Will patients have to pay for the drugs used to perform assistance in dying?
Patients will have full coverage for medications used in assisted dying.
Can I request medical assistance in dying in advance of experiencing suffering or receiving a diagnosis?
Medical assistance in dying cannot be provided based on an advanced directive or Living Will, and can only be considered after a current written request is received. Then assisted dying can only be provided after two medical practitioners have determined that all of the eligibility criteria set out in the Criminal Code have been met. To be eligible for medical assistance in dying, the patient must be diagnosed with a grievous and irremediable medical condition and experience intolerable suffering.
Furthermore, in order to receive medical assistance in dying, a patient must be able to clearly communicate their consent at the time of the procedure. Only the patient can request and consent to medical assistance in dying. Medical assistance in dying cannot be provided at the request of a substitute decision maker.
Where can I get more information about medical assistance in dying?
Call Fraser Health at 604-587-7878 or email email@example.com
Other options for end-of-life care
Information on other services for people nearing the end of life is available in our Palliative Care section.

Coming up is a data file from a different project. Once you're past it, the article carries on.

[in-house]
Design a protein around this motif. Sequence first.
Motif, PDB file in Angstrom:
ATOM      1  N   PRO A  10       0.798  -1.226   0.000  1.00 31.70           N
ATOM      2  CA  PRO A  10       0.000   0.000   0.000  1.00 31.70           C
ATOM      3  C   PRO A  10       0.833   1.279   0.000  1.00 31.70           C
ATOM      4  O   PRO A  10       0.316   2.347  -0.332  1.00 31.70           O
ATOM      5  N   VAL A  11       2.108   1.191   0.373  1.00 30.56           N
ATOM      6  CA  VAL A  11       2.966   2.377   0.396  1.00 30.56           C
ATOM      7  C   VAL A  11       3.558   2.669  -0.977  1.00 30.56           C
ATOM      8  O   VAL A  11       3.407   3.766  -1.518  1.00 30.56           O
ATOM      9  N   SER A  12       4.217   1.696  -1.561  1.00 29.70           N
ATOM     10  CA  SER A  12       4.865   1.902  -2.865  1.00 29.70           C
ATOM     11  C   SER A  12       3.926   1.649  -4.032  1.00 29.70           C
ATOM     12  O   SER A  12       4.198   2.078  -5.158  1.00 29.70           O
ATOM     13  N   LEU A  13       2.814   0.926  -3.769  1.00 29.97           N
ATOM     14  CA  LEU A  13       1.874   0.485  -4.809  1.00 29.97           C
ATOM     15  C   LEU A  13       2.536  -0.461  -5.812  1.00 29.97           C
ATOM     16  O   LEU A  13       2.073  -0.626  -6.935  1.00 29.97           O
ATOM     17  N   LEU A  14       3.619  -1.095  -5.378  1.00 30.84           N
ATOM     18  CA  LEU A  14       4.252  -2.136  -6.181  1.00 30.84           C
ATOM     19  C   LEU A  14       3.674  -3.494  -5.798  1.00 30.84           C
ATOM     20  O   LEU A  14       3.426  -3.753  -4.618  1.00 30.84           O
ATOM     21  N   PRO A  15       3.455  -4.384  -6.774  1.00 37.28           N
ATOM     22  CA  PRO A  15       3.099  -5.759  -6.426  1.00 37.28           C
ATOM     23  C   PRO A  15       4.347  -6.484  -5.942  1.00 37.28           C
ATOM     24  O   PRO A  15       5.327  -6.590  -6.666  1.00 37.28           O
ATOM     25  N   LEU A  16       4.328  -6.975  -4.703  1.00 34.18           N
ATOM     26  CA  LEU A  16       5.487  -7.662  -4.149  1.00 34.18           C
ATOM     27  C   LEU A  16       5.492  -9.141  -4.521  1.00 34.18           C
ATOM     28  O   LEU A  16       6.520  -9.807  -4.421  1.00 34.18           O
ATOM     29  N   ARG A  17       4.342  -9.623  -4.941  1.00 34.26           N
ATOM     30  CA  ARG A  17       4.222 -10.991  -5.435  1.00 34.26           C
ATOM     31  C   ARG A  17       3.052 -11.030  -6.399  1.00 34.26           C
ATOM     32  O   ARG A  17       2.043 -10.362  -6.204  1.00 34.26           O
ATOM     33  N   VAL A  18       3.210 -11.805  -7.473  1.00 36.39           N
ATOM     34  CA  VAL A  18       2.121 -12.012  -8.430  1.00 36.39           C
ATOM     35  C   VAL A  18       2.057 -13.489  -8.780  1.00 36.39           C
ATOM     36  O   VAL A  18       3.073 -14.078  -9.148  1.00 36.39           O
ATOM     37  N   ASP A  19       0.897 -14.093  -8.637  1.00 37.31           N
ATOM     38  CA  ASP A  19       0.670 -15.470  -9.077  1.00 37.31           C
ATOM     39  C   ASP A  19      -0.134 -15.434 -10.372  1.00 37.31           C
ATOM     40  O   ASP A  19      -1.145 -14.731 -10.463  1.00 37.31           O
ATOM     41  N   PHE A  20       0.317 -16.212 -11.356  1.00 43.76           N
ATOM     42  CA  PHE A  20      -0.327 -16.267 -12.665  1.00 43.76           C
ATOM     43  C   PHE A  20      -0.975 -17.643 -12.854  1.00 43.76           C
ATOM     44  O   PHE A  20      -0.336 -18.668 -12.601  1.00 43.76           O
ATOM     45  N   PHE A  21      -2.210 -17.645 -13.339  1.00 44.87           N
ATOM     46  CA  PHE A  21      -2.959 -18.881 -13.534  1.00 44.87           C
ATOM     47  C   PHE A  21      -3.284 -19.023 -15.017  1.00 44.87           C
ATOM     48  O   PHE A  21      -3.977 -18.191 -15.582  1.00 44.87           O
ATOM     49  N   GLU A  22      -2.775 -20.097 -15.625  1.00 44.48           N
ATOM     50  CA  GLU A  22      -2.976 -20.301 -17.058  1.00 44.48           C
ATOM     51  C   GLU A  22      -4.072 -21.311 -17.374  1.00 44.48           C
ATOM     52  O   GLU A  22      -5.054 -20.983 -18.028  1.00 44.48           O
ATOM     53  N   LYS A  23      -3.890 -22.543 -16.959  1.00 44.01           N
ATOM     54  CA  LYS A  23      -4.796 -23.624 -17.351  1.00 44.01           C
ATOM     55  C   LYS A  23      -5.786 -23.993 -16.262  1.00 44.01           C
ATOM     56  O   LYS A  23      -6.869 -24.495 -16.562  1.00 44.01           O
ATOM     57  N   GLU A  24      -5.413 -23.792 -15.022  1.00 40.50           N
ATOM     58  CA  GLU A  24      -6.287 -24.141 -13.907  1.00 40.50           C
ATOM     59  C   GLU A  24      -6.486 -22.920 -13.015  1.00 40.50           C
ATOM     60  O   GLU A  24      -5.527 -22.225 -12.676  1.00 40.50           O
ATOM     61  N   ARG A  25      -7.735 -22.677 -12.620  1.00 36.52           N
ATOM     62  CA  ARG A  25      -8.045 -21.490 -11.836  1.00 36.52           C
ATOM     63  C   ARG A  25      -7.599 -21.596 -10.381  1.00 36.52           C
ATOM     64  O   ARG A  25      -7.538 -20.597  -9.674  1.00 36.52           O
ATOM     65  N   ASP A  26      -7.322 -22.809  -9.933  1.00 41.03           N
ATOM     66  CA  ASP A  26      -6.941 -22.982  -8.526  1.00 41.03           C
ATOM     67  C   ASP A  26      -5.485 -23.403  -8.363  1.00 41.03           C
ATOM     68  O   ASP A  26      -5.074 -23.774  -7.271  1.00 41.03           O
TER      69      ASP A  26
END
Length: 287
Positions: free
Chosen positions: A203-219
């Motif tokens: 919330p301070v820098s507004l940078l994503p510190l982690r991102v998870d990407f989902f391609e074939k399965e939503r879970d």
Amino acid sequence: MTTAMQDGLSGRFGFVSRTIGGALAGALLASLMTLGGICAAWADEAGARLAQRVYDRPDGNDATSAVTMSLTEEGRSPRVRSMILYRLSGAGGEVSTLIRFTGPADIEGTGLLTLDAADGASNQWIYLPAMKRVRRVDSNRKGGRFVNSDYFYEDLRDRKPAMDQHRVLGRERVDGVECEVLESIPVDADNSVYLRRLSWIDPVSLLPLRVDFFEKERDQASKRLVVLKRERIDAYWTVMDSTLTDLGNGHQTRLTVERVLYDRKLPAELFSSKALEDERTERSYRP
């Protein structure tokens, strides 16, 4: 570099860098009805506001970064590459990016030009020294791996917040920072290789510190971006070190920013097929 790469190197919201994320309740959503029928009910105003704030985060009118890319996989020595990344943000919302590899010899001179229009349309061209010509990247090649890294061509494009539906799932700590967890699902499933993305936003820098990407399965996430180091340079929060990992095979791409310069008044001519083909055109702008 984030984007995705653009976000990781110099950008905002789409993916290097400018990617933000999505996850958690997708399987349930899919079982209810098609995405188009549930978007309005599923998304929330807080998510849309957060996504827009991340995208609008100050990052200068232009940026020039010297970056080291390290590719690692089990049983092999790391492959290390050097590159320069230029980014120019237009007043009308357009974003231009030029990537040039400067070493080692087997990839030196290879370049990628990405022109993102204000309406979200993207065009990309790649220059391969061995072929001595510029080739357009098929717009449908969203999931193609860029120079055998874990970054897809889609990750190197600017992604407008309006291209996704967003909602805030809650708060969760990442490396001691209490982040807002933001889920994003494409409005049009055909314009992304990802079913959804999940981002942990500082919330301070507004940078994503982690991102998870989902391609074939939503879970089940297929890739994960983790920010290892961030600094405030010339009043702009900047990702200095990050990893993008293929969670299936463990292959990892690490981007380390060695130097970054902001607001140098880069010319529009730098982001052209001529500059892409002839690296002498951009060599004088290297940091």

For more information and background on medical assistance in dying in Canada, see:
- Government of Canada information on medical assistance in dying
- Guidance from the College of Physician and Surgeons of B.C.
- College of Physicians and Surgeons of B.C. - Medical Assistance in Dying FAQs
- Guidance from the College of Registered Nurses of B.C.
- Guidance from the College of Pharmacists of B.C.
- Federal Bill C-14: Medical Assistance in Dying
- B.C's Guidelines for Prosecutors
- The Supreme Court ruling Carter v. Carter
October 3, 2016:
Recently it has come to our attention that there is a belief that Fraser Health will be making a decision on whether or not this service will take place in a hospice/palliative care setting. The board is discussing the matter and will receive an update at the October board meeting on how we are currently providing care, but no decision will be made at that time.
The new federal legislation states no person will be forced to provide or help to provide medical assistance in dying, recognizing that not all health care providers will be comfortable with giving or helping to provide this service.
Our priority is supporting patients and responding to their needs as best we can. We will work in partnership with our patients and their families to determine how to best support their requests.
We are in discussions with our internal stakeholders and while they evolve, we will continue to provide patient-centered care including medical assistance in dying services as outlined in the legislation. When possible, we will provide the service where the patient is located, be it in acute care, home residences or community settings.
We recognize the concerns of some members of the palliative care team and hospice societies who feel assisted dying may conflict with a core philosophy of palliative and end of life care — to alleviate suffering as the patient reaches their natural death.
We are committed to a respectful approach that recognizes the diverse needs of patients and health care providers who find themselves in an ethical, moral and/or religious dilemma, while ensuring appropriate access for a legal health care service for our patients.